Glaring at a lawyer making a presentation to the Oxnard City Council, Councilman Michael A. Plisky bristled at the suggestion to limit debate on a matter up for discussion.
"It seems to me we can discuss any damn thing we want," Plisky snapped at the attorney, who fell silent.
Meanwhile, Plisky's wife, Mabi, who happens to be the city clerk, was calmly passing out caramels to reporters at the press table.
It was another example of the contrasting styles of Ventura County's only married couple who hold elective office.
Blunt and combative, Michael Plisky has the tartest tongue on the council--an attitude that has earned him plenty of enemies. His wife, on the other hand, projects a calm, efficient demeanor that has even won over her husband's hard-core political rivals.
"I try to stay out of politics," said Mabi Plisky, 37, Oxnard's all-time champion vote-getter. No one has ever surpassed the 24,000 votes that she received when she first ran for office in 1980.
Despite accusations years ago of playing favorites with her councilman husband, Mabi Plisky has maintained her record of election victories by fostering an image of competence and neutrality. In her last reelection, she beat her opponent 2 to 1.
Unlike her husband, Mabi Plisky grew into the job of city clerk. An Oxnard native, she first went to work in City Hall as a stenographer/secretary in 1976. Two years later, she became deputy city clerk and was promoted to acting city clerk when the incumbent left in 1979.
"I keep the council's records and I conduct city elections," Mabi Plisky said. Although she acknowledges that she is fascinated by Oxnard's raucous politics, she emphasizes her adherence to a position of neutrality and says she has her assistants handle any election involving her husband. "I think his opponents feel more comfortable that way."
Michael Plisky, whose results at the polls have been less triumphant than his wife's, says he wants to change his style. "I'm trying to tone it down," Plisky said. He even helped plan a "team-building workshop" in Solvang next weekend to smooth relations among city officials.
At age 50, Plisky has won both times that he has tried for the council but is zero for two in attempts to unseat five-term Mayor Nao Takasugi. Still, his popularity as the city's fiscal watchdog helped him lead the field of 12 council candidates in last year's election--quite a feat for a conservative, Republican Anglo in a city of mostly Democratic Latinos.
Yet some of his detractors are slow to forget the swipes that he's taken in the past.
He once called now-departed city manager David Mora "a master of deceit and deception" who "misled the council" about Oxnard's sagging finances.
During the 1988 campaign, he labeled Takasugi a "weak leader" who resorted to hiring a political consultant with "an unsavory reputation."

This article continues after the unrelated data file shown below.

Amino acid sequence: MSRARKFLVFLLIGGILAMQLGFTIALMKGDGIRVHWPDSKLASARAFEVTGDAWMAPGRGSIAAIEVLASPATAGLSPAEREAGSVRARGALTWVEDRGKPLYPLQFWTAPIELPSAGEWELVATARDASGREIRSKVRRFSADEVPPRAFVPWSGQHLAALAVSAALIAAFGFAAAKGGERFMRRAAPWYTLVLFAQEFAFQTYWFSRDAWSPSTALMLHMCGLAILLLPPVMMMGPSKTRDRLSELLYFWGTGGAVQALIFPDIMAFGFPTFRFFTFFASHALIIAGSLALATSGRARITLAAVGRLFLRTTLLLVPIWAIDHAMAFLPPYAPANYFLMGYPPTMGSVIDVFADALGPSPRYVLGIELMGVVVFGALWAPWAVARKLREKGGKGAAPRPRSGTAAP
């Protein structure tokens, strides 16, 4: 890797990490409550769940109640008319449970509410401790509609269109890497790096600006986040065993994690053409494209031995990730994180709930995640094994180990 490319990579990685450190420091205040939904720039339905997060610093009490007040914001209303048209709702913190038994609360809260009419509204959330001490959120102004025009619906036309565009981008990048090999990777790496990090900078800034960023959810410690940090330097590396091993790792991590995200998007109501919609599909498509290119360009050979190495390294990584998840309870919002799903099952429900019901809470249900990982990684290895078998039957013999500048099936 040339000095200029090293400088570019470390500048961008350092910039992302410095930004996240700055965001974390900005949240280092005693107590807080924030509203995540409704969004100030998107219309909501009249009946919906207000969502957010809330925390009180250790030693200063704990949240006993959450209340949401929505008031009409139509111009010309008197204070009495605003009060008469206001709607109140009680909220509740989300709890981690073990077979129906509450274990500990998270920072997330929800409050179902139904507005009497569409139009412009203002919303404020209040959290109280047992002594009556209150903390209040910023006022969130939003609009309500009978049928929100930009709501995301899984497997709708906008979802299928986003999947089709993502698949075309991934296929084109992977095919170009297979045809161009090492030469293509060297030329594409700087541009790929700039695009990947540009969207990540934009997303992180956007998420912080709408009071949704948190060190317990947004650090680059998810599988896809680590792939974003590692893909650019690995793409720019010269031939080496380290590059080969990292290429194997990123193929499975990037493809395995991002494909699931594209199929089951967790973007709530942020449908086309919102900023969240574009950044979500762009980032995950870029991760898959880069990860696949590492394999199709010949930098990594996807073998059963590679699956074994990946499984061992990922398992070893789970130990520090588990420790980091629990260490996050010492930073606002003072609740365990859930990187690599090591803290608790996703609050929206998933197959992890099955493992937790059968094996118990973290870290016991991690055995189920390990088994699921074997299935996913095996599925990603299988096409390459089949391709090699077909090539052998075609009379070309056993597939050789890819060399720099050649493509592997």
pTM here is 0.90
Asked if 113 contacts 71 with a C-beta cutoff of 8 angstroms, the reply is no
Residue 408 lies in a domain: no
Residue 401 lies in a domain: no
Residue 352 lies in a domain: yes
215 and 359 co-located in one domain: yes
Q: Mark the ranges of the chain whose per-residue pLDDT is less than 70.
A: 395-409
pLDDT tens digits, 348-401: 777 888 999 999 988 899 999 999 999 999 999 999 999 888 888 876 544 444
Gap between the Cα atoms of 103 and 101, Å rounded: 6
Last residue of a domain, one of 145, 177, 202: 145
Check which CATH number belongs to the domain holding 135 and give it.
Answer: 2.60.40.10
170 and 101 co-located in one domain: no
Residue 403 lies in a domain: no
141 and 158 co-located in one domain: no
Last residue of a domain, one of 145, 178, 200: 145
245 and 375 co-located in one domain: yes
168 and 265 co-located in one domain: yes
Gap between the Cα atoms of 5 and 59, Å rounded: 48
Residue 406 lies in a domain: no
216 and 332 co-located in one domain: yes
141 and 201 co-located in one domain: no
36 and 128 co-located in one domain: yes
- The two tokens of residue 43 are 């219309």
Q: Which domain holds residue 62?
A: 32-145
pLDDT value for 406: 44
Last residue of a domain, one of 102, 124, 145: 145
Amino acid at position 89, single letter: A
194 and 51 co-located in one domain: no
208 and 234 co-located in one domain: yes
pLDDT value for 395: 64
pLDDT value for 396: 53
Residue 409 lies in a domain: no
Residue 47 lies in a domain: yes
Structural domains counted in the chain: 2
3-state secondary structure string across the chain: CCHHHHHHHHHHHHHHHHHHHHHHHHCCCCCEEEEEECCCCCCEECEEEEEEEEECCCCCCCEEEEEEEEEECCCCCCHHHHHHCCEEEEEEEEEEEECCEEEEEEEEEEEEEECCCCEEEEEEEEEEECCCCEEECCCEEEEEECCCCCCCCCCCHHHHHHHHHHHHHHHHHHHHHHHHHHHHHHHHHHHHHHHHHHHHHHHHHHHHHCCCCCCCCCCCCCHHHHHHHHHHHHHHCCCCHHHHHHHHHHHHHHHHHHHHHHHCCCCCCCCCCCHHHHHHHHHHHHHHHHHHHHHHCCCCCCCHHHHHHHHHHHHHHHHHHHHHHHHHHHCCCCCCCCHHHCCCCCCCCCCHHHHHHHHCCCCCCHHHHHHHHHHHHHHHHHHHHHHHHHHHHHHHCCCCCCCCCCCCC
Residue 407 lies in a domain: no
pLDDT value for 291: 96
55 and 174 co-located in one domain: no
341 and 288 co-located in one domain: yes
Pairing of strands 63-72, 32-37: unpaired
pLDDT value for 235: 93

And he has described veteran Councilman Manuel M. Lopez as "the one who annoys me the most."
Several years ago, Michael Plisky's opponents tried to mount a counterattack by charging that Mabi Plisky was skewing the council's minutes in her husband's favor and leaking secrets to him about city business. That criticism has died away, and the Pliskys insist that there was never any substance to it anyway.
The Pliskys, who were married in 1985, live in a house overlooking the River Ridge Golf Course in northwest Oxnard. Their marriage is the first for Mabi Plisky and the second for her husband.
Michael Plisky spends much of his spare time working on a model railroad that threatens to consume the garage. Somewhat sheepishly, he admits to owning 40 locomotives and 600 railroad cars, most of which are stored away awaiting completion of the tracks.
Mabi Plisky said she has found a way to avoid being irritated at the expense. "Every time he buys a new car or locomotive, I buy a new dress," she said.
Michael Plisky, who holds a degree in management from USC, gave up an executive's career at Capitol Records in Hollywood and moved to Oxnard in 1973.
"Two guys I had worked with had committed suicide," he said. "That convinced me it was time to get out of the corporate life."
He said he decided to open a business and tax consulting concern in Oxnard "because I read someplace that the Oxnard area was destined to become the key financial center between Los Angeles and San Francisco."
Plisky held political ambitions, too, stemming largely from his frustration in handling Capitol Records' tax problems. "The Internal Revenue Service was constantly announcing that it was simplifying its tax forms, but I noticed that the forms kept getting worse, not better. The government was guaranteeing lifetime jobs for tax preparers."
In fast-growing Oxnard, Plisky's business prospered. He became president of the Chamber of Commerce and took an interest in the city's growing financial problems.